A soldier and a security guard working for a private company were injured. A witness said the assailant, whom he described as an Arab man, walked into Topkapı Palace and closed the doors at the entrance to the palace complex after shooting the soldier in the leg and the guard in the abdomen. The assailant clashed with police for more than an hour inside the Ottoman-era palace, one of İstanbul's major tourist attractions. The shooting first began at around 10:00 a.m. (7:00 GMT), almost an hour after visitors were admitted into the palace complex.
It was not immediately possible to verify the motives of the assailant. Witnesses said he shouted “Allahu Akbar” (God is Great) and then said in Arabic that he was from Syria, raising suspicions that the incident was linked to political tensions between Turkey and Syria over President Bashar al-Assad’s crackdown on anti-regime protests.
Şahin, on the other hand, said the gunman was a Libyan national born in 1975. He said the assailant, identified as Samir Salem Ali Elmadhavri, had entered Turkey on Nov. 27 and arrived at the scene of the incident in a car with a Syrian license plate. Asked about the motive of the attack, Şahin said, “An attack’s motive is to inflict harm.” Şahin said it was not immediately known if the attacker was affiliated with any groups or organizations in Libya or Syria.
A spokesman for Libya’s National Transition Council, Jalal el-Galal, said authorities in Tripoli have no information at this point on the gunman, the Associated Press reported.
İstanbul Governor Hüseyin Avni Mutlu had earlier said his motives appeared to be “personal.”
“We will make a statement when the situation is clear,” Mutlu told reporters, adding that the police decided to shoot him when the gunman appeared determined not to surrender.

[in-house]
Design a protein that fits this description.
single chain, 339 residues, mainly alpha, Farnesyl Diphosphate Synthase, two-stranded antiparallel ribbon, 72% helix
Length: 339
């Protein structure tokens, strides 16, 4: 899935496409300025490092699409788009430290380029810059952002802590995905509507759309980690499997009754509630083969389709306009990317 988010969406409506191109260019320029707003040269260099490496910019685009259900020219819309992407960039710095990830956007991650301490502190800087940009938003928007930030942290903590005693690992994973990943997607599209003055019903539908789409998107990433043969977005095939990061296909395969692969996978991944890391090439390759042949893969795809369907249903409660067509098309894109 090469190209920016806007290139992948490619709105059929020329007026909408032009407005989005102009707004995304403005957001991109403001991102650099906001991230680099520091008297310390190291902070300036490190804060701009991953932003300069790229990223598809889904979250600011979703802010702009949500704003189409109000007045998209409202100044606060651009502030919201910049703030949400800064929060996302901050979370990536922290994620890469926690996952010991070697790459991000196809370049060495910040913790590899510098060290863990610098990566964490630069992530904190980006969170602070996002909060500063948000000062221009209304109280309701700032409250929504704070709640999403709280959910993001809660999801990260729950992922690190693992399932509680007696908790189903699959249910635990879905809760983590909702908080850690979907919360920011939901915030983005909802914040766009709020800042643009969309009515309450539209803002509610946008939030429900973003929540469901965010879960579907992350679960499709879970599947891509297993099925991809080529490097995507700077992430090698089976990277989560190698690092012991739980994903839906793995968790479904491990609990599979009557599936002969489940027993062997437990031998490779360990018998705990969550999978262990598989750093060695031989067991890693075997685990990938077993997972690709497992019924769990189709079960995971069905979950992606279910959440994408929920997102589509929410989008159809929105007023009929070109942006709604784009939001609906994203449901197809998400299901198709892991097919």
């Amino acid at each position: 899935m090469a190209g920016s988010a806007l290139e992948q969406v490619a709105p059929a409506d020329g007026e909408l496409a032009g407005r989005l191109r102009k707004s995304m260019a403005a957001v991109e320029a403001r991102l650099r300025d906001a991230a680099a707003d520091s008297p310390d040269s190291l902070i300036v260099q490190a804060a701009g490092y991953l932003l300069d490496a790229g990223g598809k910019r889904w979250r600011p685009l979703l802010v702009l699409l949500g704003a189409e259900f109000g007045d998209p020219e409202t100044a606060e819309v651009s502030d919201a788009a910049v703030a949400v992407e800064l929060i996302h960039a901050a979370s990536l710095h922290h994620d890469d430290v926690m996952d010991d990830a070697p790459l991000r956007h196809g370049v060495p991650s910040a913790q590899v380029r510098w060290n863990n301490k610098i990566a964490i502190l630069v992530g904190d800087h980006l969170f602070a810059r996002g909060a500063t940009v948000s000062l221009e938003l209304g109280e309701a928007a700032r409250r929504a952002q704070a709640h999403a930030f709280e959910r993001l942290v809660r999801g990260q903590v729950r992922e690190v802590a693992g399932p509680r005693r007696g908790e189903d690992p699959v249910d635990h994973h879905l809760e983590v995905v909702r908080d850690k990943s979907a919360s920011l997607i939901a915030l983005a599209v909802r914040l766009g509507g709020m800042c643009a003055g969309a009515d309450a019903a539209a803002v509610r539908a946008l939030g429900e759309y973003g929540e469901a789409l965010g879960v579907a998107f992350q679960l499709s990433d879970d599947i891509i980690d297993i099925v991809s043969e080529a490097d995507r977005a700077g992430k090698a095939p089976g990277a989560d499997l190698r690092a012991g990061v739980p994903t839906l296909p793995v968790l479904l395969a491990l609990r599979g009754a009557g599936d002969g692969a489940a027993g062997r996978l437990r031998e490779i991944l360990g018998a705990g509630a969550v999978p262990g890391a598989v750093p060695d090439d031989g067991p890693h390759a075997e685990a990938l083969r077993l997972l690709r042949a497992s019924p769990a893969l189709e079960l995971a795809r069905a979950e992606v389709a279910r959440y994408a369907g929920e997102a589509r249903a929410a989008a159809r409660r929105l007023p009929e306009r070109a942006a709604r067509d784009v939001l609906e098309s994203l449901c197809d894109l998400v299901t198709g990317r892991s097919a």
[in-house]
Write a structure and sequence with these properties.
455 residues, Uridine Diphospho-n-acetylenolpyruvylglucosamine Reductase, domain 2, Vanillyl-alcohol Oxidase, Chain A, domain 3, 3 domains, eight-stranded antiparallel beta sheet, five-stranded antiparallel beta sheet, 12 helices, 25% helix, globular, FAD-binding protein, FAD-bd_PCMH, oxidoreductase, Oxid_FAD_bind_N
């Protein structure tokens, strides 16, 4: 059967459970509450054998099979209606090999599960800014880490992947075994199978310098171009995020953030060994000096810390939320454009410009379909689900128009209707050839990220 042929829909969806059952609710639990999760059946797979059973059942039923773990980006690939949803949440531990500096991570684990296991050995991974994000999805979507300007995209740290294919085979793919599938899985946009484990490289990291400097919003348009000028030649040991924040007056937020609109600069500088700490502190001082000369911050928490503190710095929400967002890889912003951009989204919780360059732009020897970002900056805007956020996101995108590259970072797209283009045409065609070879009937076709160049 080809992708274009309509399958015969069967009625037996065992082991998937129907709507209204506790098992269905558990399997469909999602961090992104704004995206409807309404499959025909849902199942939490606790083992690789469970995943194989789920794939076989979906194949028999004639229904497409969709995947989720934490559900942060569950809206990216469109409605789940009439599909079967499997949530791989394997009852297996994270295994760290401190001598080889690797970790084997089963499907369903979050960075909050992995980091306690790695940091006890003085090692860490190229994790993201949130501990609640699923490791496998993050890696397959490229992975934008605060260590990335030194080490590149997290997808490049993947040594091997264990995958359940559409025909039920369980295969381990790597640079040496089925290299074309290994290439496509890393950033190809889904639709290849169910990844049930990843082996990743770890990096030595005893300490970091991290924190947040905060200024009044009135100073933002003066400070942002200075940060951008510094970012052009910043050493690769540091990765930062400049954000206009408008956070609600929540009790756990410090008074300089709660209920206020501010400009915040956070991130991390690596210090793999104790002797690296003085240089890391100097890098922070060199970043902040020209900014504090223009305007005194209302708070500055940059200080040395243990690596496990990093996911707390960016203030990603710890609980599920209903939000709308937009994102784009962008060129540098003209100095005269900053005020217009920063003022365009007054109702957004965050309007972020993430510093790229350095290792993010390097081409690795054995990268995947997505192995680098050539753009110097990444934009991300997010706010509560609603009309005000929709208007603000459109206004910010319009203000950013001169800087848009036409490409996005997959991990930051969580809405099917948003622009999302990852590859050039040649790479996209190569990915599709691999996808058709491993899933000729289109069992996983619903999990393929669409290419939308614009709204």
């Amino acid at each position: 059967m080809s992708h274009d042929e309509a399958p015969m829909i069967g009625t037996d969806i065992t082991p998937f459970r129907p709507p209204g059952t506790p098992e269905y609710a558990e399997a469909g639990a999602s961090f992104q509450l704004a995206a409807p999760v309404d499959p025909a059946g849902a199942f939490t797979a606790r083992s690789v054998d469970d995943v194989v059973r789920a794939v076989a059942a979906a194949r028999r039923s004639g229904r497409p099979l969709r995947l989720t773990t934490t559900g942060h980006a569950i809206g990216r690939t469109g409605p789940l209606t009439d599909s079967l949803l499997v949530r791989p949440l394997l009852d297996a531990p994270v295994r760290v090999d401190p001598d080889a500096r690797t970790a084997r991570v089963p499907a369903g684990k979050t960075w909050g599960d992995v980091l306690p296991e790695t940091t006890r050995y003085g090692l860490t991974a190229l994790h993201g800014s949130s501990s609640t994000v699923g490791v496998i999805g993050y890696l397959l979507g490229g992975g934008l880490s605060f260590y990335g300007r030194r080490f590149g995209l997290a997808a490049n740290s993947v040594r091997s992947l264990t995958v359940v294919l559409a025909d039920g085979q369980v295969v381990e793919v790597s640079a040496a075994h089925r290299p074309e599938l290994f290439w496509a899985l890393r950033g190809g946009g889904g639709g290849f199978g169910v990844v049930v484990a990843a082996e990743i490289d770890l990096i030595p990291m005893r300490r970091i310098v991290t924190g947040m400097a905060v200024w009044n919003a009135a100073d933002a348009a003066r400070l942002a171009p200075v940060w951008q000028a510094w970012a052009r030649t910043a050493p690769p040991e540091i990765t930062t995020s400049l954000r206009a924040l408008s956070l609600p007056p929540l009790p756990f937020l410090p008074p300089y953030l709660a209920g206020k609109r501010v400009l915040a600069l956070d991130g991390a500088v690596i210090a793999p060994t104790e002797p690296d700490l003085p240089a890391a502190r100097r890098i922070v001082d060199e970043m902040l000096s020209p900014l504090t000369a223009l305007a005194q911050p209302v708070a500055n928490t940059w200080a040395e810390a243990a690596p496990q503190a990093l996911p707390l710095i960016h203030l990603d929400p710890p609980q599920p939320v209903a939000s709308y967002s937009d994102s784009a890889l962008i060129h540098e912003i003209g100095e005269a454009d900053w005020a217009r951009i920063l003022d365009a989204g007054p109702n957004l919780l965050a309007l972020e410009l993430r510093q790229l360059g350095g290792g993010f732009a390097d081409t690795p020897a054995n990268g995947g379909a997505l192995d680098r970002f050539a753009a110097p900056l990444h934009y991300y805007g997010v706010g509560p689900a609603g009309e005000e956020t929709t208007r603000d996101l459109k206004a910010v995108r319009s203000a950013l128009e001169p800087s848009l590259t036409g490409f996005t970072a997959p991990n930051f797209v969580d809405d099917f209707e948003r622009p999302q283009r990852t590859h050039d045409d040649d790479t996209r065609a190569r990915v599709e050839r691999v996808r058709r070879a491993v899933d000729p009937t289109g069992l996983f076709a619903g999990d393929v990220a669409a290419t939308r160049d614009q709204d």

Topkapı Palace, the seat of the Ottoman sultans for almost 400 years, is located in the city’s historic Sultanahmet neighborhood, which also includes the Blue Mosque and the former Byzantine church of Haghia Sophia. The palace, with its harem, ornate courtyards and gilded treasures, attracts thousands of visitors each year.
“I saw the gunman carrying a gun on his shoulder, like a hunter; he had ammunition around his neck and a backpack. His overcoat was buttoned, I couldn’t see what was underneath,” İdris Cengiz, an eyewitness, told AP television. “He was coming toward us and my friend said he looked like a hunter so I asked him in English, ‘Are you a hunter?’ He said something in Arabic that I didn’t understand.”
A picture showed him carrying at least two rifles and a cartridge belt around his neck. The picture also shows the man wearing a black overcoat, cap and carrying a backpack.
Some tourists threw themselves on the ground in panic, Cengiz said. There were no other reports of injuries in the attack.
Turkey has harshly criticized Assad’s violent crackdown on protests and announced on Wednesday a set of sanctions targeting the Syrian regime. Protesting Turkish policies, angry pro-Assad demonstrators attacked Turkish diplomatic missions earlier this month and burned a Turkish flag. Ankara has also backed a NATO operation against Libya’s deposed leader Muammar Gaddafi after initially opposing the idea.